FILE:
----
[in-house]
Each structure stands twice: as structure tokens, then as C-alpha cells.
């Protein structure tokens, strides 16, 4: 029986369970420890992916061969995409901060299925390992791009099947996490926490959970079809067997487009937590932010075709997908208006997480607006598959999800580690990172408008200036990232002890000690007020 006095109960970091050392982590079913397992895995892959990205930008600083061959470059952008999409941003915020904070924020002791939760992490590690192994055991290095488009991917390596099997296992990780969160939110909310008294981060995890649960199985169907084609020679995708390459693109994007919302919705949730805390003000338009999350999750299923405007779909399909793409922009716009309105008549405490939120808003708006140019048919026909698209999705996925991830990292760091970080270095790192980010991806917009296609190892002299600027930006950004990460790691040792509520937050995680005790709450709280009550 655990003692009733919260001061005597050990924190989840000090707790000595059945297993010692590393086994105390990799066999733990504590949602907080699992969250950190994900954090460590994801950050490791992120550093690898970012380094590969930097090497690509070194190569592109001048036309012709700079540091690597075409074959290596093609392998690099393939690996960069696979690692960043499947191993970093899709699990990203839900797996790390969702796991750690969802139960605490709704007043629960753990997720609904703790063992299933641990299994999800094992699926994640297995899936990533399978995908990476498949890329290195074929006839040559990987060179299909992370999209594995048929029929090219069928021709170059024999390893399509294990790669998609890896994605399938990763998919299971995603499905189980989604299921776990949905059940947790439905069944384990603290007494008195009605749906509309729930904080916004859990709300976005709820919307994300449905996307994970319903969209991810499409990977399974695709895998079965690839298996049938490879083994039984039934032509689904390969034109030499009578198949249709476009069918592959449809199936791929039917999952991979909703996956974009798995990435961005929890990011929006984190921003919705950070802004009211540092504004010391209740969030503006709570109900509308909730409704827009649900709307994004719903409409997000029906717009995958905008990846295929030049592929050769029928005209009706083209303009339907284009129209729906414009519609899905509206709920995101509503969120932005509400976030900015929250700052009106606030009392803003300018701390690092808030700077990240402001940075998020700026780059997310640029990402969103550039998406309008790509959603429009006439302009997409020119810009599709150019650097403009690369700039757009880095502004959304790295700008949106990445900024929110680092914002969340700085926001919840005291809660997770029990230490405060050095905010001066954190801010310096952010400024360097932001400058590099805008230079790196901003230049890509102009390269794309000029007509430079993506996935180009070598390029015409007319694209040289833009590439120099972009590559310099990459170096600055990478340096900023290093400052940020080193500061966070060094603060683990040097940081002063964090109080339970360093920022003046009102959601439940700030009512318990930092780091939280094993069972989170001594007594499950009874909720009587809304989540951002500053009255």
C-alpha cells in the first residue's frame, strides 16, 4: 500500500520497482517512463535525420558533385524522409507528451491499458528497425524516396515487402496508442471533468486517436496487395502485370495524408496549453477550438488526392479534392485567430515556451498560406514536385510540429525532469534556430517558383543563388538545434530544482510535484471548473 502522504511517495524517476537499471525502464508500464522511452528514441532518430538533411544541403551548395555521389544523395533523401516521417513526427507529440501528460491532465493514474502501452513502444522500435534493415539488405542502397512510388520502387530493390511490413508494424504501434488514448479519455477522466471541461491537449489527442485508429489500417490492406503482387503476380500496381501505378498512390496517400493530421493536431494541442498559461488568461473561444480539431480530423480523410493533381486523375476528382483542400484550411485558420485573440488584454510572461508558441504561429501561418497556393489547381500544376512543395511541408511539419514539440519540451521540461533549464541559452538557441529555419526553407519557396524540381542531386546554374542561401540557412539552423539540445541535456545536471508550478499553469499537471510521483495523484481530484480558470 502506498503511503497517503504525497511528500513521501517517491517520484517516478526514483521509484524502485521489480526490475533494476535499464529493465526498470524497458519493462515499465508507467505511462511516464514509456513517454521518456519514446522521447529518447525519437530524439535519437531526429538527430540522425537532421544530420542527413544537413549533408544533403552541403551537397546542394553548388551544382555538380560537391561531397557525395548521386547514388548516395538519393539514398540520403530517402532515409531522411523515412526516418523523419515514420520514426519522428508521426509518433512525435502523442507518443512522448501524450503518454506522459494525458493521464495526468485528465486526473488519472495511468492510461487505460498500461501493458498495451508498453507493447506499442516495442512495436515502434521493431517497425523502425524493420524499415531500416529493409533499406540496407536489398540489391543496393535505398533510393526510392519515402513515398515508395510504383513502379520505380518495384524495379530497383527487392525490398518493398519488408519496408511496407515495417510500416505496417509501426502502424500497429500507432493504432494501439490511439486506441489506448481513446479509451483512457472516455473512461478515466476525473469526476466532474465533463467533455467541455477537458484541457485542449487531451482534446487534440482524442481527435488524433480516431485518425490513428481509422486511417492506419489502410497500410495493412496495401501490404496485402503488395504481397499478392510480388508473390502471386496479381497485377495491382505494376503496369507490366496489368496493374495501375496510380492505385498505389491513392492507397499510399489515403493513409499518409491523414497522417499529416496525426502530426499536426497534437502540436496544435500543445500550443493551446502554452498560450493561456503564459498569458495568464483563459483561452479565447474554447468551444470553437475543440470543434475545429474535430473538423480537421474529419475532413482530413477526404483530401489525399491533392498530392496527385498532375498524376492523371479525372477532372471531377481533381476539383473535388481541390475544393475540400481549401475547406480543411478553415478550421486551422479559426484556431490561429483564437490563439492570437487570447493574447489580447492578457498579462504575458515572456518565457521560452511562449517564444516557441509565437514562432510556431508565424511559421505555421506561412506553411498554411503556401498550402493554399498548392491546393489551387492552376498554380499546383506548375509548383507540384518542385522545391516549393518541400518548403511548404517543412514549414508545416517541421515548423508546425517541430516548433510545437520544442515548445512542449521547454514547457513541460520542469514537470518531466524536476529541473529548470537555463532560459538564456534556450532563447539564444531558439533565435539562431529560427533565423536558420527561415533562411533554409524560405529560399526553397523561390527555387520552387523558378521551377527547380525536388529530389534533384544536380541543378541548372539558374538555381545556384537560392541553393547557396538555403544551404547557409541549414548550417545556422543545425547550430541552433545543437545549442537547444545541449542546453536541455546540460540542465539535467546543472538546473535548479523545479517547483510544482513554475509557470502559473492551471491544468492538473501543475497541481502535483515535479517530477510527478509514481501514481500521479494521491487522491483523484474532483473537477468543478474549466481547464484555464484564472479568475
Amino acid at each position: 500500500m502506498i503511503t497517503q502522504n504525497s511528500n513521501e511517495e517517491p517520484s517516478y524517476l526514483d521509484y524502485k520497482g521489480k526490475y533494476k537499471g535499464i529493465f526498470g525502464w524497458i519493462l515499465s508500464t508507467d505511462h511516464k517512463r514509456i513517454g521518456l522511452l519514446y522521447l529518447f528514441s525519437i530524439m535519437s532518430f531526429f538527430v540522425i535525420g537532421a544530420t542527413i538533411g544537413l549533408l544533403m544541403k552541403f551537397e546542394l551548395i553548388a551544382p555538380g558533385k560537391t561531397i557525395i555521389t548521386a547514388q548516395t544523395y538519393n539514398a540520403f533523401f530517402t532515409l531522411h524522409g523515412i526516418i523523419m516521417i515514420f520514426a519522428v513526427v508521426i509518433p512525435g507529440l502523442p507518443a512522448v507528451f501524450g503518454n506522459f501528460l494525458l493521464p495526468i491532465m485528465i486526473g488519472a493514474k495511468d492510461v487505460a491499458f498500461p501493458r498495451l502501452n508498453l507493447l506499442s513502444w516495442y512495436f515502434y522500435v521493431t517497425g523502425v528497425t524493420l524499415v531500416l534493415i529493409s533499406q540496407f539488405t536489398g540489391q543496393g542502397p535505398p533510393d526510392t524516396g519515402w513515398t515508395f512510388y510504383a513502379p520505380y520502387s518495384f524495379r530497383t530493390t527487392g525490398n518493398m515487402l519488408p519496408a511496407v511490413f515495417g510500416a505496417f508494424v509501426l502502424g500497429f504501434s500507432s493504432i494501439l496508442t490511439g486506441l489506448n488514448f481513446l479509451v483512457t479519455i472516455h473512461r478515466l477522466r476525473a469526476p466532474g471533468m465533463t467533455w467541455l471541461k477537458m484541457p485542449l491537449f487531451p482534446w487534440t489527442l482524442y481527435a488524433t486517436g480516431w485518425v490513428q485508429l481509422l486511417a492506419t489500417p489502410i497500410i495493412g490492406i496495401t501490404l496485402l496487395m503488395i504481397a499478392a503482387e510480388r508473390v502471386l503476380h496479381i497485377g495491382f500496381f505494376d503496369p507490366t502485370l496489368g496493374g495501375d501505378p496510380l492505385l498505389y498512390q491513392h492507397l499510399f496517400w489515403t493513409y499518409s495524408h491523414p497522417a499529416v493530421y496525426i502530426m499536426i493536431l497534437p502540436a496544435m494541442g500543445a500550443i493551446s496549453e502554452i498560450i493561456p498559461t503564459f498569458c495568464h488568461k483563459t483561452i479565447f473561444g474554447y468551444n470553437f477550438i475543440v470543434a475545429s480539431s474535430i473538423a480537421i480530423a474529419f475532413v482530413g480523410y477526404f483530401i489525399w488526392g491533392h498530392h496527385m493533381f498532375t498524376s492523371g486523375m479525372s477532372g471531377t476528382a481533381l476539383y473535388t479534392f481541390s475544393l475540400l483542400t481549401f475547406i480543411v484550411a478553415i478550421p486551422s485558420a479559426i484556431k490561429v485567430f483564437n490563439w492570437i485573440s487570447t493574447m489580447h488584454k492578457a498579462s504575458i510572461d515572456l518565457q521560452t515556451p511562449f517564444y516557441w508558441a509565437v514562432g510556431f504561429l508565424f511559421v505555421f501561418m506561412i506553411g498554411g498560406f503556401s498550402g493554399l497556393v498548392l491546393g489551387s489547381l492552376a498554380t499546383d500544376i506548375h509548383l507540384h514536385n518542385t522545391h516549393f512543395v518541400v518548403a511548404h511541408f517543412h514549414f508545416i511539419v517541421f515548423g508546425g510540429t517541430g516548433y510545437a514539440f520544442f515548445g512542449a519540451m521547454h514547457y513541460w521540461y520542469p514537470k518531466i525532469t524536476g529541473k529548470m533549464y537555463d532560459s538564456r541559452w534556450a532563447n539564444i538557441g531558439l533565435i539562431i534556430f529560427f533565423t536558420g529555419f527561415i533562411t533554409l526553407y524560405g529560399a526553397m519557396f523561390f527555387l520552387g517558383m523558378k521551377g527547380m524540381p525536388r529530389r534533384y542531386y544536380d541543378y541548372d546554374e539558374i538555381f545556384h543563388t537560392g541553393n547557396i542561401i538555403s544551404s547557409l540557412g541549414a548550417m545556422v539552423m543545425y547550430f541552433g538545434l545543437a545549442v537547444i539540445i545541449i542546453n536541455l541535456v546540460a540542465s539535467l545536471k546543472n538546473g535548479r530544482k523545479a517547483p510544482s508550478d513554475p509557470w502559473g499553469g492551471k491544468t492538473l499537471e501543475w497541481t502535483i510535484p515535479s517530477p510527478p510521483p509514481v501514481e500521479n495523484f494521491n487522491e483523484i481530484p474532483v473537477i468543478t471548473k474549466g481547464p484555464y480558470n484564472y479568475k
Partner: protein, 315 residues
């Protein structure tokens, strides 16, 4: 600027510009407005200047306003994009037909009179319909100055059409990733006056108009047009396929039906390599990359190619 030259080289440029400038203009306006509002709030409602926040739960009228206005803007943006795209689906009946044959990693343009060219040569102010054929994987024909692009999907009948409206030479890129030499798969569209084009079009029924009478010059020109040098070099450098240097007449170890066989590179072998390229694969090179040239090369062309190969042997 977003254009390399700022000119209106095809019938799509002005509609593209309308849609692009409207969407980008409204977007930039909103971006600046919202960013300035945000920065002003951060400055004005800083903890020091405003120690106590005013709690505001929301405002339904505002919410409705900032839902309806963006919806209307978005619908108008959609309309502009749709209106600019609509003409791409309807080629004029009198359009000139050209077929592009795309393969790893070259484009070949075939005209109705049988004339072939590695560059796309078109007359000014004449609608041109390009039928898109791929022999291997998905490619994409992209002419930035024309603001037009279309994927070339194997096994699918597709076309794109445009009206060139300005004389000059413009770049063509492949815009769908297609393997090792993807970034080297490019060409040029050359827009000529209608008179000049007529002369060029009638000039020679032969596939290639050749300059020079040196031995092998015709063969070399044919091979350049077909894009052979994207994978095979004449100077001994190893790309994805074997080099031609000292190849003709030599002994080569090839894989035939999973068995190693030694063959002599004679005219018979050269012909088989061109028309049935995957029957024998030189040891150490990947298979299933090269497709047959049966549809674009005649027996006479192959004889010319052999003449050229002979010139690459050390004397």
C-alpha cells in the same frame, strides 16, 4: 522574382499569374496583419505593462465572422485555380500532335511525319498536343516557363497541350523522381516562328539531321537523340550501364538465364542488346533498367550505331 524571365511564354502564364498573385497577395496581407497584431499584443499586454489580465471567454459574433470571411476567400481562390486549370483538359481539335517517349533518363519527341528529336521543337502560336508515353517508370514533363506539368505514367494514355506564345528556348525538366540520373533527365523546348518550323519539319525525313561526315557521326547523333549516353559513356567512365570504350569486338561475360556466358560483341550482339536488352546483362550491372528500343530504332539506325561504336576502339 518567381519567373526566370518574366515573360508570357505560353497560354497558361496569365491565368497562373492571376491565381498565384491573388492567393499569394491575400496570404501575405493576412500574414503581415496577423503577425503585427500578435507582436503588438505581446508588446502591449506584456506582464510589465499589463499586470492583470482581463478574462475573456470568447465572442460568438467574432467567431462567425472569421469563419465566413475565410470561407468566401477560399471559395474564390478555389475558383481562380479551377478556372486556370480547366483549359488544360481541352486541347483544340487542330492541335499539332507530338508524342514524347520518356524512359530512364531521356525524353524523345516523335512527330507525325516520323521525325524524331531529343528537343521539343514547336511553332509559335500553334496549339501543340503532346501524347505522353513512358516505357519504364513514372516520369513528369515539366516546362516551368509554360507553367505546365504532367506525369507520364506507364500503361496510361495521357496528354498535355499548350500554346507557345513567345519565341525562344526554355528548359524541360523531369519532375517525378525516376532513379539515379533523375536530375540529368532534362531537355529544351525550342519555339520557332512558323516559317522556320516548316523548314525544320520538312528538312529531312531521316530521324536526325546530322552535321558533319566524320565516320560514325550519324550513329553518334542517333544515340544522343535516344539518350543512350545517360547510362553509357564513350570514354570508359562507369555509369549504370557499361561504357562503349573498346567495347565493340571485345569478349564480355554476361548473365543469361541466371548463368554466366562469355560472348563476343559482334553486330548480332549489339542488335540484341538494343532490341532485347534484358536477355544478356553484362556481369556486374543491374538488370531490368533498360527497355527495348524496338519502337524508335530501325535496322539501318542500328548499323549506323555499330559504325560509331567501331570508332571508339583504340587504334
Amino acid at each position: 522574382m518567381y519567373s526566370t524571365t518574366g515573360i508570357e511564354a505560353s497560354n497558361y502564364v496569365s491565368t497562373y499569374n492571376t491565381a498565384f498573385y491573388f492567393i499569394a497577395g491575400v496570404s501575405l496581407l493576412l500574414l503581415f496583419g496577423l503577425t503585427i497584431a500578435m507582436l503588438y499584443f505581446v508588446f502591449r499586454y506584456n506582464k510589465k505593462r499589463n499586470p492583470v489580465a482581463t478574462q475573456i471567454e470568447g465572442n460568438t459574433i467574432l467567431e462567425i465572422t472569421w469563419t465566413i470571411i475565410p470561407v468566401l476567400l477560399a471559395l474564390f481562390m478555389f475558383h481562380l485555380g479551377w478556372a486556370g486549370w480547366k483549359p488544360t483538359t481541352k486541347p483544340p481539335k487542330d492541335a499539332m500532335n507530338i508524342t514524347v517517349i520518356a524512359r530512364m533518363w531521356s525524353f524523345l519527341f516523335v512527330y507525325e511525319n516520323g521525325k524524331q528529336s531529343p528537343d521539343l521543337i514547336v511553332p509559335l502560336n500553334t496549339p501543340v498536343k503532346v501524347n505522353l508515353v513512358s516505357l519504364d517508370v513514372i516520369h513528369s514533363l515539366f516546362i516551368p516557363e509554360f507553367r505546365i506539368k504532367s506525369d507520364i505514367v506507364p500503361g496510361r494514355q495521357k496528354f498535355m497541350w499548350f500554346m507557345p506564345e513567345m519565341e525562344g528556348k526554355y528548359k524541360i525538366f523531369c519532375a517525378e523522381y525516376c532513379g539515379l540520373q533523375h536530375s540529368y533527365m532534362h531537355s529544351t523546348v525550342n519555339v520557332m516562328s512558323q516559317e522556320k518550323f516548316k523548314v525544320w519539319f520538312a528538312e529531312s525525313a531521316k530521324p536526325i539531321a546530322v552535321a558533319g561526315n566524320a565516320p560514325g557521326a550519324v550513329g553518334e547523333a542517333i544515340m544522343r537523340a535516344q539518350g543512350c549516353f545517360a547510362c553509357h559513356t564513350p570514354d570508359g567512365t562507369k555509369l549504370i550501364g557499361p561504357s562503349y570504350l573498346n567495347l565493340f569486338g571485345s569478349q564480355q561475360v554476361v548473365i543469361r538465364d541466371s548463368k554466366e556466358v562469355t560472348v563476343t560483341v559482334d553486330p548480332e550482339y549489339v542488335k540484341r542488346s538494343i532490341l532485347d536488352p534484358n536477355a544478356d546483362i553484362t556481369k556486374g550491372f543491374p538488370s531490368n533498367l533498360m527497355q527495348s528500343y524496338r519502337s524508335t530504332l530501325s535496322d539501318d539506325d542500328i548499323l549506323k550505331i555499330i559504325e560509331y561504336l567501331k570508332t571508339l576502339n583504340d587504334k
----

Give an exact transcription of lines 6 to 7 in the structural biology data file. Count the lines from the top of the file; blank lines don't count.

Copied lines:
Partner: protein, 315 residues
């Protein structure tokens, strides 16, 4: 600027510009407005200047306003994009037909009179319909100055059409990733006056108009047009396929039906390599990359190619 030259080289440029400038203009306006509002709030409602926040739960009228206005803007943006795209689906009946044959990693343009060219040569102010054929994987024909692009999907009948409206030479890129030499798969569209084009079009029924009478010059020109040098070099450098240097007449170890066989590179072998390229694969090179040239090369062309190969042997 977003254009390399700022000119209106095809019938799509002005509609593209309308849609692009409207969407980008409204977007930039909103971006600046919202960013300035945000920065002003951060400055004005800083903890020091405003120690106590005013709690505001929301405002339904505002919410409705900032839902309806963006919806209307978005619908108008959609309309502009749709209106600019609509003409791409309807080629004029009198359009000139050209077929592009795309393969790893070259484009070949075939005209109705049988004339072939590695560059796309078109007359000014004449609608041109390009039928898109791929022999291997998905490619994409992209002419930035024309603001037009279309994927070339194997096994699918597709076309794109445009009206060139300005004389000059413009770049063509492949815009769908297609393997090792993807970034080297490019060409040029050359827009000529209608008179000049007529002369060029009638000039020679032969596939290639050749300059020079040196031995092998015709063969070399044919091979350049077909894009052979994207994978095979004449100077001994190893790309994805074997080099031609000292190849003709030599002994080569090839894989035939999973068995190693030694063959002599004679005219018979050269012909088989061109028309049935995957029957024998030189040891150490990947298979299933090269497709047959049966549809674009005649027996006479192959004889010319052999003449050229002979010139690459050390004397």